New York Jets: Could Maurice Jones-Drew and Darrelle Revis Co-Exist Fiscally?
Besides the fact that they are both Pro-Bowlers who are each one of the best at their respective trade, Darrelle Revis and Maurice Jones-Drew have one common complaint: They want more money, and they want it now.
In my last article, I talked about the possibility of the Jets acquiring Maurice Jones-Drew and what it would cost them. This forced me to look into the Jets’ salary cap situation. It turns out that the Jets are low in cap space, very low. They currently only have a measly $6 million to spend on the trade-and-sign of Maurice Jones Drew and the front-loaded contract for Darrelle Revis.
With only six million dollars to spend, there’s no way they could coexist. Well, there actually is a quite simple way. I was looking into the future (thanks to the nice people at NYJetsCap.com) and learned that one player is making over $11 million when he doesn’t even deserve $3 million.
His name is Calvin Pace.
So what does that mean? If the Jets trade him, they could unload that entire $11 million. The problem with that is no team wants a washed up player like Pace who also carries such a large cap hit. Rather, they should try to sign him for a light $3.5 million for two years. Trading seems to be out of the question.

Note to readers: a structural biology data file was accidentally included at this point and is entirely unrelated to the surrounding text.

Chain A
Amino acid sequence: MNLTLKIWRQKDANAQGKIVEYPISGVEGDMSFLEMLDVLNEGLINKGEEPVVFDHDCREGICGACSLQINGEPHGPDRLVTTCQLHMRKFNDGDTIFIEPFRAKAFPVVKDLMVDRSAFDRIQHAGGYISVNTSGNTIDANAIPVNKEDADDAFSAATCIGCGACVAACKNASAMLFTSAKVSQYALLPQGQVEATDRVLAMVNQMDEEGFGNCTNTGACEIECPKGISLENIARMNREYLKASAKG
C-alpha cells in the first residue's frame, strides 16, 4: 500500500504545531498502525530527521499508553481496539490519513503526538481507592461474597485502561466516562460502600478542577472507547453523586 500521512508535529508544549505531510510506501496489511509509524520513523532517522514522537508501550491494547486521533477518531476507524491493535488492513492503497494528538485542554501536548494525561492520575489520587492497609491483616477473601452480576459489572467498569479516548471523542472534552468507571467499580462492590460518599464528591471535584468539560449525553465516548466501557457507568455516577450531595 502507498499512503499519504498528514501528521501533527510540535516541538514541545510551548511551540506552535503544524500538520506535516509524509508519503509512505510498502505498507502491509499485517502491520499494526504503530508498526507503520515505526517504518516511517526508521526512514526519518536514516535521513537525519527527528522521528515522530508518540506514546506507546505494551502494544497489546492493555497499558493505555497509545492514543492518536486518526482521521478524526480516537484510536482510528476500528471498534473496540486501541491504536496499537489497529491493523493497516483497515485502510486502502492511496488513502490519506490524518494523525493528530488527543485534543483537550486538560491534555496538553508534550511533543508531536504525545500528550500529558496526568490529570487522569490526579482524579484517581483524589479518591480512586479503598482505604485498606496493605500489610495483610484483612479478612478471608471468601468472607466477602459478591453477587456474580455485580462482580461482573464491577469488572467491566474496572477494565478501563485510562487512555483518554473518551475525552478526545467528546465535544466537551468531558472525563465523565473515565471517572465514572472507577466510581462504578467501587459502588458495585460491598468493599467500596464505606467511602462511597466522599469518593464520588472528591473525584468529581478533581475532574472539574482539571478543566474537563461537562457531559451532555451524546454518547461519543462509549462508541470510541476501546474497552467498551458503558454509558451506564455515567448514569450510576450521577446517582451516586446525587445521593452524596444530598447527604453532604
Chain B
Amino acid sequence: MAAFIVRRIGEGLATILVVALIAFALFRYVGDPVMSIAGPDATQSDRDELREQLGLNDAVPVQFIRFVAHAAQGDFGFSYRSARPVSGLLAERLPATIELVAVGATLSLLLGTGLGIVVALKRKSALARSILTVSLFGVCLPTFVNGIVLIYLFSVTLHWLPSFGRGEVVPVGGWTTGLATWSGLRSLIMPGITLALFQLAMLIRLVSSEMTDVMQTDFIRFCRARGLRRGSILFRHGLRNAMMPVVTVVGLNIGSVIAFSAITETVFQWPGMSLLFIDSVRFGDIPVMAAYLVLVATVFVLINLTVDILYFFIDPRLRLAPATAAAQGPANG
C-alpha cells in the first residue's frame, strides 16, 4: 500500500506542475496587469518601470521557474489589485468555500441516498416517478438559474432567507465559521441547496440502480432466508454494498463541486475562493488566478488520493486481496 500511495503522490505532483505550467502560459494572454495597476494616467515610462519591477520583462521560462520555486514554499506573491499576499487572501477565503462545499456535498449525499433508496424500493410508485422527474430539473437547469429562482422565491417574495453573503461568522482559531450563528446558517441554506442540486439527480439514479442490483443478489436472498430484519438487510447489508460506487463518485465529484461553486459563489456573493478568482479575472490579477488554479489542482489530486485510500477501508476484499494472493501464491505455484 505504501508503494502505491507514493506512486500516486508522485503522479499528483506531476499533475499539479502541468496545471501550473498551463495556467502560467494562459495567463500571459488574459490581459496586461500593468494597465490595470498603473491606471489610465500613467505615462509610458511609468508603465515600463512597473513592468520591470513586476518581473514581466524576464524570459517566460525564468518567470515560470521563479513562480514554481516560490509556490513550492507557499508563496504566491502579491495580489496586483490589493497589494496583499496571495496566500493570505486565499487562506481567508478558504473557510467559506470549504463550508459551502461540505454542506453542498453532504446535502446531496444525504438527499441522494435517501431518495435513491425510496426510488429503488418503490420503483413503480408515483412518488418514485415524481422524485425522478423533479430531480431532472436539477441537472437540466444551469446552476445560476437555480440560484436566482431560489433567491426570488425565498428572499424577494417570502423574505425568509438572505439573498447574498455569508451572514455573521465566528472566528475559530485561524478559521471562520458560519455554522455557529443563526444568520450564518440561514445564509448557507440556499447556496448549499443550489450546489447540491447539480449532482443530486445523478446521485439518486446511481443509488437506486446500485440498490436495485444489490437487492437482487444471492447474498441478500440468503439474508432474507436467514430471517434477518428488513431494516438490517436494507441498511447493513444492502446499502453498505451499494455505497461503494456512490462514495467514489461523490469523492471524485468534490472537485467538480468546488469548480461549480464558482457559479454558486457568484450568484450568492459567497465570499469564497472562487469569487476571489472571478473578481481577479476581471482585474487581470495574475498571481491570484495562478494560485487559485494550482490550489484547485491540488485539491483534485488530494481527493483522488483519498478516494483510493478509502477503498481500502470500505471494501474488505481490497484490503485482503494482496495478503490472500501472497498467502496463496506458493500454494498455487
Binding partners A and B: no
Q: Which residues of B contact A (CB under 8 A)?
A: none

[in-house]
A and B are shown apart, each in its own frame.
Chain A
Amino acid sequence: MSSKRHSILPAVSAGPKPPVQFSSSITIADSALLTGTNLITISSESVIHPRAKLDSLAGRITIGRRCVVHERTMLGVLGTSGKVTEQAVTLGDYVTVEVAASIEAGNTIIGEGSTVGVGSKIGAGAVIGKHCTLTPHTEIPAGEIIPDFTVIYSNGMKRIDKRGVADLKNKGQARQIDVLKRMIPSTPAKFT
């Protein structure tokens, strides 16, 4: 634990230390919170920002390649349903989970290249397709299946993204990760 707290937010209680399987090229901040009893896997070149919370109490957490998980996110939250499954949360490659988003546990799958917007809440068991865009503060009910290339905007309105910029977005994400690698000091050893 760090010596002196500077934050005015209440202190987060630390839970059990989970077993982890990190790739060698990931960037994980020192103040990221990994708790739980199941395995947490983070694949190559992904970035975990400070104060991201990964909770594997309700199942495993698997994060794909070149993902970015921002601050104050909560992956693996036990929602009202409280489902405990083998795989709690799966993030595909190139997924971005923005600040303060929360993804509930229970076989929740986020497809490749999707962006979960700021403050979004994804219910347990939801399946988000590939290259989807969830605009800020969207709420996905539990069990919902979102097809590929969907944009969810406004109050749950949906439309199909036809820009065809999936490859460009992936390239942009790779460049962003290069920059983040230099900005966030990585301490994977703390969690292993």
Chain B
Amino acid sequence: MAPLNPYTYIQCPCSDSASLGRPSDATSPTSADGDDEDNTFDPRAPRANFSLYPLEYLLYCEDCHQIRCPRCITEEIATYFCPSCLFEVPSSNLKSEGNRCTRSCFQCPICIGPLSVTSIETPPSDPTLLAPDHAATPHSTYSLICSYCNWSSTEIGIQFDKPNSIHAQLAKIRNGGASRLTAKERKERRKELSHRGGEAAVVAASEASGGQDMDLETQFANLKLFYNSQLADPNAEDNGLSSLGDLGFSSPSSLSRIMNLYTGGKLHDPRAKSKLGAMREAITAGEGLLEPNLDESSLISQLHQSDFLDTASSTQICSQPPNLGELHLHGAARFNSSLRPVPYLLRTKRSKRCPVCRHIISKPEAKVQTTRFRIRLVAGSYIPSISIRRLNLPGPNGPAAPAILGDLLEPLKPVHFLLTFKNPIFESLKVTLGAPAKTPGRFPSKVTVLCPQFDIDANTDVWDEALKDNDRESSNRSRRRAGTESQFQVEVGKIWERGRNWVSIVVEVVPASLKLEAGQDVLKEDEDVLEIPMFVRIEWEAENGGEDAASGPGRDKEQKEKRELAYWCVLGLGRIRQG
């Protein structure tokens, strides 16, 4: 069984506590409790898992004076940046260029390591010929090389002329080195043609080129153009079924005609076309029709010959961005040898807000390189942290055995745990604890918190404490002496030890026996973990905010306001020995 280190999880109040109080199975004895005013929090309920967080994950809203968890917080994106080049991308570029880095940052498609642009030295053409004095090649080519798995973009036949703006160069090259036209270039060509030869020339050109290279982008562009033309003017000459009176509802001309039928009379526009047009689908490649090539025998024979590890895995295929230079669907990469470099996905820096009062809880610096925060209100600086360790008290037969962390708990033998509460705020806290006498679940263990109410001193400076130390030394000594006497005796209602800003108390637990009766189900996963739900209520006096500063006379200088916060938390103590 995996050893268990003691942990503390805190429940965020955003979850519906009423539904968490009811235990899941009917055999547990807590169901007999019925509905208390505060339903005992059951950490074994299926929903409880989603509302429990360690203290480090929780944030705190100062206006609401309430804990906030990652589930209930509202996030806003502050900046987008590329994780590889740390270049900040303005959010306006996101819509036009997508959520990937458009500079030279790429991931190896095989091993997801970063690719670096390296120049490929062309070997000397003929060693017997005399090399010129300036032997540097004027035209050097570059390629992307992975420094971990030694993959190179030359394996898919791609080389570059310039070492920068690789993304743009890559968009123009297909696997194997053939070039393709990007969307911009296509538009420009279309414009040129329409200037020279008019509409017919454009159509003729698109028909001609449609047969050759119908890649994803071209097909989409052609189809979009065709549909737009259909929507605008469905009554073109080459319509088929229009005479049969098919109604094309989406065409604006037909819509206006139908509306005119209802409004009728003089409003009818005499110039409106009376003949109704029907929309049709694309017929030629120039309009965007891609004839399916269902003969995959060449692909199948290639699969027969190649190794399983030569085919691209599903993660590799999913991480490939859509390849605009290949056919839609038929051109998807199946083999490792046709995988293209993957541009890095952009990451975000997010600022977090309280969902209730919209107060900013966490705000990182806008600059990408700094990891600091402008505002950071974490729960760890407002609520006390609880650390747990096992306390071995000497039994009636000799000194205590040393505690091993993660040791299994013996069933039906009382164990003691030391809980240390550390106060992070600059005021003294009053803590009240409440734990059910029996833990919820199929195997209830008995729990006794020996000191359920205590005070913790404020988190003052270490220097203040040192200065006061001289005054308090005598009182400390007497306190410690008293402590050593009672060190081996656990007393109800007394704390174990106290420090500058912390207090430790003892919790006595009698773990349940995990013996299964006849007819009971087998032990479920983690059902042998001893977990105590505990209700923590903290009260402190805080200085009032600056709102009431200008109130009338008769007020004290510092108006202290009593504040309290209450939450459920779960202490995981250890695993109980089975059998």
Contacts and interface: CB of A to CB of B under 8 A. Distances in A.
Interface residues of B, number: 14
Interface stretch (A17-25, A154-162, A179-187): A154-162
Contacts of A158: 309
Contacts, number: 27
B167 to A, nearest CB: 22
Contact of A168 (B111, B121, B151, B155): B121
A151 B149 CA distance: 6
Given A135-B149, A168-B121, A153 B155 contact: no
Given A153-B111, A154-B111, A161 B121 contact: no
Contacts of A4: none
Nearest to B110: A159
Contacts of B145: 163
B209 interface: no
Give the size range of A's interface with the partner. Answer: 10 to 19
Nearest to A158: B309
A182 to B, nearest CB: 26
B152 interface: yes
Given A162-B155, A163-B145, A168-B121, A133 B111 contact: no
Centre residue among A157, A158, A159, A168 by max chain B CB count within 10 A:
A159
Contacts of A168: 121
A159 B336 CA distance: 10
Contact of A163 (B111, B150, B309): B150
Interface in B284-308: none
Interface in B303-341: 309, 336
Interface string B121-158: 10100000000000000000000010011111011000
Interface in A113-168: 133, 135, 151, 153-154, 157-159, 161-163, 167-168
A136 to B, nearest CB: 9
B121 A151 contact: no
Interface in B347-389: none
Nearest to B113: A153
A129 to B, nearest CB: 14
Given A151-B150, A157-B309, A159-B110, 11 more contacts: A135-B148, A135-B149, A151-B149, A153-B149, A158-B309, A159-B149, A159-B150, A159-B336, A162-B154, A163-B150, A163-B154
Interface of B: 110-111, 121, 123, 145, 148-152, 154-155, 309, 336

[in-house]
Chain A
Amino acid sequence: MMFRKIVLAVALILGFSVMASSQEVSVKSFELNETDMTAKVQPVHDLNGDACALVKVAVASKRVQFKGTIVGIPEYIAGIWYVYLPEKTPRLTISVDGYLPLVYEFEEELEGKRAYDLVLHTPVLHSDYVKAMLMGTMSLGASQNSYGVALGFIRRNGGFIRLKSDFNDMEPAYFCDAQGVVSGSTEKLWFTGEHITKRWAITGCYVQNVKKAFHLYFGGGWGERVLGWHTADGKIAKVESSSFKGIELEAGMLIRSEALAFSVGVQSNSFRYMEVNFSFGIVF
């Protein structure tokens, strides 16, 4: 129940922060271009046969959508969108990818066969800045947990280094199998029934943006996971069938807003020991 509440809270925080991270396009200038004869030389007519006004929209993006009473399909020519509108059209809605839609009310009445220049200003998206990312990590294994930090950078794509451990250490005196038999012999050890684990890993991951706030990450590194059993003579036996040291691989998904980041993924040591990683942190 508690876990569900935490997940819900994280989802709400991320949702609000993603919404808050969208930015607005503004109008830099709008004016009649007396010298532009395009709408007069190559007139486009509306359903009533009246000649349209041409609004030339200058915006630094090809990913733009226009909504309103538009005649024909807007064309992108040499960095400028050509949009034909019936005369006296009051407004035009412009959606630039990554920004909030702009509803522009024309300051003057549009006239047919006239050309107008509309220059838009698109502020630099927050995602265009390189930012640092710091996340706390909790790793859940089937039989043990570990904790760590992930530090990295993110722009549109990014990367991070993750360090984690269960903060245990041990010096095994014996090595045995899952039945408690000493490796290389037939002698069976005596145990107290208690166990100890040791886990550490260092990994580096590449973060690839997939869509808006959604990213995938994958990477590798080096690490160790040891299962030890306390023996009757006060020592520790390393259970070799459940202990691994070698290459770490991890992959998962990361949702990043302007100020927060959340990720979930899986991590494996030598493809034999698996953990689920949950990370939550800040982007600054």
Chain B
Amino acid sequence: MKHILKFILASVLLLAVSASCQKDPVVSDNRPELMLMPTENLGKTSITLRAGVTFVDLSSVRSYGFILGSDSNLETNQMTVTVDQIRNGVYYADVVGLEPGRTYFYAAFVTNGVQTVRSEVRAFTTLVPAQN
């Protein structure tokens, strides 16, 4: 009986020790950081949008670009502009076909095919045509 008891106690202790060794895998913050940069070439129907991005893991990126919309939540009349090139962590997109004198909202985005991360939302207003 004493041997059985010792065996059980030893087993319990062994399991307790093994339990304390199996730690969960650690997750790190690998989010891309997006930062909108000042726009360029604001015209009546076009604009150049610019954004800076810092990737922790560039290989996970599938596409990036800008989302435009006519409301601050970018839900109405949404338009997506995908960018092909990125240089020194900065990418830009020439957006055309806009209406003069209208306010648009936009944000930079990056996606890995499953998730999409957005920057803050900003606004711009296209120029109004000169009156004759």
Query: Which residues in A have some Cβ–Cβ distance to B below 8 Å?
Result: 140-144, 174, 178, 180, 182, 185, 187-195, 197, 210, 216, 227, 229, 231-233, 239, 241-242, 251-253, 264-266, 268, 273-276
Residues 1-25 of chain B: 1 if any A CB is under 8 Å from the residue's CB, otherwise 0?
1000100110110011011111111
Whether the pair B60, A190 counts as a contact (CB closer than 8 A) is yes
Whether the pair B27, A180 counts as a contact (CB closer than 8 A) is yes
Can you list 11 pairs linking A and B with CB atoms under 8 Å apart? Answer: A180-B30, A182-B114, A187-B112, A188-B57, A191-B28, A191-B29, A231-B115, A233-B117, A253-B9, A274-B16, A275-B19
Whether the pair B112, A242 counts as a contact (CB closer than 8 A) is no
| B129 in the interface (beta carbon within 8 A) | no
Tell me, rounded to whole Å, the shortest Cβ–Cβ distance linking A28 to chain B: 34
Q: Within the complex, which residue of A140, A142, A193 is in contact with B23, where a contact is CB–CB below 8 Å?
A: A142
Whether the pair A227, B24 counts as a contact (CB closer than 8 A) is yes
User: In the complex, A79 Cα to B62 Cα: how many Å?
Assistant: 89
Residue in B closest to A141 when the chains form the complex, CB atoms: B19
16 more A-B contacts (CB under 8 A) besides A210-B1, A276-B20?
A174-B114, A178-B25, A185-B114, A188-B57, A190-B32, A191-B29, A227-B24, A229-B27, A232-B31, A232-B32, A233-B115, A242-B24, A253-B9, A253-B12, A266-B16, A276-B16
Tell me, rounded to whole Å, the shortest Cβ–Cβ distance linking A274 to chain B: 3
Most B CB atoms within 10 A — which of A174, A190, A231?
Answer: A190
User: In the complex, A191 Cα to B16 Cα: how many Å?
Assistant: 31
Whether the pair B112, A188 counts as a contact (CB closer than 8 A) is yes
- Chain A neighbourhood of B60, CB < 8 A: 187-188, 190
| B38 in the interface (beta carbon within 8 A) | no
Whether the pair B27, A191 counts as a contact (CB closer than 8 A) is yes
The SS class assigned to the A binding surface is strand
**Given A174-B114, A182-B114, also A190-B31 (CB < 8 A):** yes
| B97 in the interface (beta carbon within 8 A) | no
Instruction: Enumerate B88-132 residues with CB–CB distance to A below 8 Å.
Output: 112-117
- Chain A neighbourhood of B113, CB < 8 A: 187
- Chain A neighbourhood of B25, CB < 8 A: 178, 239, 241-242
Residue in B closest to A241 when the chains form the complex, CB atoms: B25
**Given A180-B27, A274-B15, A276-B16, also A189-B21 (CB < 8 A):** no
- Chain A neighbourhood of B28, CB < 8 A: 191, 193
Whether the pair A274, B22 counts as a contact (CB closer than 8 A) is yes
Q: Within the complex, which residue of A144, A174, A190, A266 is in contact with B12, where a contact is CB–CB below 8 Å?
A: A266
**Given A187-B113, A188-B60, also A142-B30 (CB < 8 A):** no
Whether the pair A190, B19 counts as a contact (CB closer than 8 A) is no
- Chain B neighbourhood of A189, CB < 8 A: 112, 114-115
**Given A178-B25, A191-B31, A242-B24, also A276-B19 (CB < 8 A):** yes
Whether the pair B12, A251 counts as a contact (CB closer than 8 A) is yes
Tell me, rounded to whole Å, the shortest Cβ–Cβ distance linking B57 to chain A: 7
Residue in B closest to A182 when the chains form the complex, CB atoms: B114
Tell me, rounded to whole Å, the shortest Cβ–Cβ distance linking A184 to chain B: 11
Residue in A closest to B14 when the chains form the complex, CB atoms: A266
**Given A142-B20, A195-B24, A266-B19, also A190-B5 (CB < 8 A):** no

Let’s look into the option of cutting him. In cutting Pace, $8 million will have been saved, but $3 million would have been dead money (because they cut him), meaning that the Jets would still save $5 million.
Assuming that the Jets stay in the base 4-3 defense next season, they’d have DeMario Davis, Bart Scott, David Harris and Josh Mauga all able to play the three linebacker positions. Calvin Pace does not even fit into the 4-3 as it stands, so why try to make him fit *and* feed him $11 million?
Rob Carr/Getty Images
That leaves the Jets with over $11 million to work with. The first thing they should do right before the season is trade for Maurice Jones-Drew and give him a new contract. Said contract would hopefully be in the ballpark of five years, $35 million (or $7 million per year). That leaves only $4 million left in cap (not including all of the other players who will be getting a new contract). The Jets would feed every cent of this $4 million into Revis’ 2013 salary, meaning his pay would jump from $9 million to $13 million. Then give him an average of $16 million for the next three seasons, and then two seasons at $11 million. Such deal would turn into a six-year deal worth $83 million.
Assuming that the Jets can re-sign most of their players next offseason, they could be entering the 2013-2014 season with one of the toughest teams in the AFC and with most of their players happy.
What do you think about giving so much money to these two guys? Share your thoughts in the comments section. I’d like to see what you have to say. Thanks for reading.
What is the duplicate article?
Why is this article offensive?
Where is this article plagiarized from?
Why is this article poorly edited?